Yesterday, I was reading the New York Times website when I ran across this article on the front page about how the current economy is making a great renters' market . It was an interesting read and it's sort of reassuring for me to see what it's going be like out there when I finally leave my parents' (clearly not for New York though with that cost of living), but what really sort of got to me was the mention of Clark Hassler . Hassler isn't a celebrity. I mean, not really. He may be known in his field (I'm not sure since it's not really my field, I hardly put any time into the research that is life experience). He may be a celebrity in skateboarding like Tatsuya Ishida is a celebrity in his field. Not huge, but he could be big enough. But is this publicity really doing anything for him or is this some weird thing on the side that just comes up? Was this piece in times about renting apartments at a cheaper upgrade moving for Hassler's career o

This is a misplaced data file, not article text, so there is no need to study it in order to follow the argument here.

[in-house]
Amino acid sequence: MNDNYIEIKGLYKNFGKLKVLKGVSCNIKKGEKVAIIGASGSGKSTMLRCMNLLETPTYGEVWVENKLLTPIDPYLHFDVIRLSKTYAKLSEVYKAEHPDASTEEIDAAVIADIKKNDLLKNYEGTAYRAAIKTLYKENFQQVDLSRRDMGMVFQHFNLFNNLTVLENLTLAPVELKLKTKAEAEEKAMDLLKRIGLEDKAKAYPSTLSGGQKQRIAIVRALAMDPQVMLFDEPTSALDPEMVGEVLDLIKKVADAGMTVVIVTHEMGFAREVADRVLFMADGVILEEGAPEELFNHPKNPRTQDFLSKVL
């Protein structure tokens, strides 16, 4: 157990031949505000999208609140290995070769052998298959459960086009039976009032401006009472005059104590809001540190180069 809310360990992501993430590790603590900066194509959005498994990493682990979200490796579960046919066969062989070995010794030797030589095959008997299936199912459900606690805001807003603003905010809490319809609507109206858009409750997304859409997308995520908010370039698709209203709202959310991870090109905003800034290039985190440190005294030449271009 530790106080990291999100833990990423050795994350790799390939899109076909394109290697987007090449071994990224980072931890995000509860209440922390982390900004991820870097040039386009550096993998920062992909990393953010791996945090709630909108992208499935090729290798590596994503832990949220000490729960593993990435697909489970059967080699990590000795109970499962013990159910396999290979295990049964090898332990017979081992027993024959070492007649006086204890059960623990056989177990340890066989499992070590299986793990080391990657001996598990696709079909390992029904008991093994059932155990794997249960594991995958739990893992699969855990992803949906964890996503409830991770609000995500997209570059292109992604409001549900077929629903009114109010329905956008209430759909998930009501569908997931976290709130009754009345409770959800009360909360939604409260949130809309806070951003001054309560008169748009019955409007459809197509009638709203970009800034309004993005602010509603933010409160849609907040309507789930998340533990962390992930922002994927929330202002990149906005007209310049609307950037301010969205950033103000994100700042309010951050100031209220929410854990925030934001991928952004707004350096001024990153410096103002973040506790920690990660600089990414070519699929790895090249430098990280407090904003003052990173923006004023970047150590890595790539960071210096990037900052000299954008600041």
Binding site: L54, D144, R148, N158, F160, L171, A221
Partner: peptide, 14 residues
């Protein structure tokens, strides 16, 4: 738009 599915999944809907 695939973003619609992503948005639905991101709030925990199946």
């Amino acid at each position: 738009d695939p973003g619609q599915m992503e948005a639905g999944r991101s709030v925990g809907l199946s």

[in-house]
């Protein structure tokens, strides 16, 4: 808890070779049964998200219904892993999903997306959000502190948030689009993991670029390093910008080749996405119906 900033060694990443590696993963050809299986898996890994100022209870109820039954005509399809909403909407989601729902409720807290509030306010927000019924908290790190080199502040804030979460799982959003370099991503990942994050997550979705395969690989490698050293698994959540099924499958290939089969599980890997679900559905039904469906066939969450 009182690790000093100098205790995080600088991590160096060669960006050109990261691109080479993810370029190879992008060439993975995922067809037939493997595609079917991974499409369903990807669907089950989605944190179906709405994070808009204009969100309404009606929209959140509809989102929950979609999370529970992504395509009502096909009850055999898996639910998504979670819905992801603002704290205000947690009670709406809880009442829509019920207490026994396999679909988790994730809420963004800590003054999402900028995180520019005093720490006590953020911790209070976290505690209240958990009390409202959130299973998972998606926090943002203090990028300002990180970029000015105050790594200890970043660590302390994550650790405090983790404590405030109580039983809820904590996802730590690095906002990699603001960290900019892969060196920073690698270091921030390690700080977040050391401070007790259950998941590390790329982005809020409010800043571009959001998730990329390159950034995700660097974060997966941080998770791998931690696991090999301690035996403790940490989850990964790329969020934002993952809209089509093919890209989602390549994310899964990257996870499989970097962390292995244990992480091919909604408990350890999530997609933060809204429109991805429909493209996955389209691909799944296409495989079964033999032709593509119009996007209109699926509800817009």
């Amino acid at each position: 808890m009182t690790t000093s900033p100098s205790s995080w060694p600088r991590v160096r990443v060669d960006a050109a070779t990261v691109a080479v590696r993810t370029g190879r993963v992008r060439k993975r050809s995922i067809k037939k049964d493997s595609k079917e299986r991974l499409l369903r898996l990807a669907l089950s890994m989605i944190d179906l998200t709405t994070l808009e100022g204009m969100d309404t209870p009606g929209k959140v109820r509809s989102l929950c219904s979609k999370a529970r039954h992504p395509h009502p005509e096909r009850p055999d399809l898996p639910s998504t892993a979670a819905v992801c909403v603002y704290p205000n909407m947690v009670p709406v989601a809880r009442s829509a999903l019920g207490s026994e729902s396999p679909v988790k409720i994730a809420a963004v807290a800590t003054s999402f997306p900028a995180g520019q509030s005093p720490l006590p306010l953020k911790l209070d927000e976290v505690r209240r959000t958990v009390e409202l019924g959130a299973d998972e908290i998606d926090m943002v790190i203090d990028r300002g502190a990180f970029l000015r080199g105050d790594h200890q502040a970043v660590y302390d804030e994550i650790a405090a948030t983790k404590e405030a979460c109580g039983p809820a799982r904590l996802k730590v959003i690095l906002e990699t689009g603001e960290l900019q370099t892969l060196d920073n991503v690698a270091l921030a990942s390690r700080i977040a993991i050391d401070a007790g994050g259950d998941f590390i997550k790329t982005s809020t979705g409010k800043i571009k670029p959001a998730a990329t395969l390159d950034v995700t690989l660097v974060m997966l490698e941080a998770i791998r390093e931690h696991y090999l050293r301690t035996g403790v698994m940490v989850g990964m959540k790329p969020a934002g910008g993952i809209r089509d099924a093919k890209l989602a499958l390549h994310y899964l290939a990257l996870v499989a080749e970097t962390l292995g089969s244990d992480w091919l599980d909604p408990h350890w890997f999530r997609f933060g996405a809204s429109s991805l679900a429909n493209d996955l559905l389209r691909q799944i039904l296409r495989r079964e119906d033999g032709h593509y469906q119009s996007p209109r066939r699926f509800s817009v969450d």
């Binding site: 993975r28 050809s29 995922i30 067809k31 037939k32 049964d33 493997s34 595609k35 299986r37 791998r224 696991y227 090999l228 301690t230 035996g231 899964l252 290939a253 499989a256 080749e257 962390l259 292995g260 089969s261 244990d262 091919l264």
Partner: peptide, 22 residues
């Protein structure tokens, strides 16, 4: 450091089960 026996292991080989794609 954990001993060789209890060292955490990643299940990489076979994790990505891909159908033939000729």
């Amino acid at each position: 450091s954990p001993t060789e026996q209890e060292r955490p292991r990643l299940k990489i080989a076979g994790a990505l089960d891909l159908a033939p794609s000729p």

Showing posts from March, 2009
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Since I've been back in San Antonio, I've been to the Riverwalk more often. When I was younger, my family was never keen on walking through that tourist den, but now that I get out a little more, I often find my way there. In my many walks down the river, I've noticed the touring river barges change from the Yanaguana Cruises I remember as a child to a company called Rio San Antonio Cruises . At first, I thought Yanaguana still existed and these two companies were battling out who could give a better tour, something that really would have befuddled me. But after a little bit of research, I found Rio San Antonio is just the company that exists after the death of Yanaguana. This confuses me even more. How can a company die and another one take its place if they offer the same service (identically, down to the color scheme) at likely the same price? What will stop Rio San Antonio from suffering the same fate? When this company came up, what did people ask them? "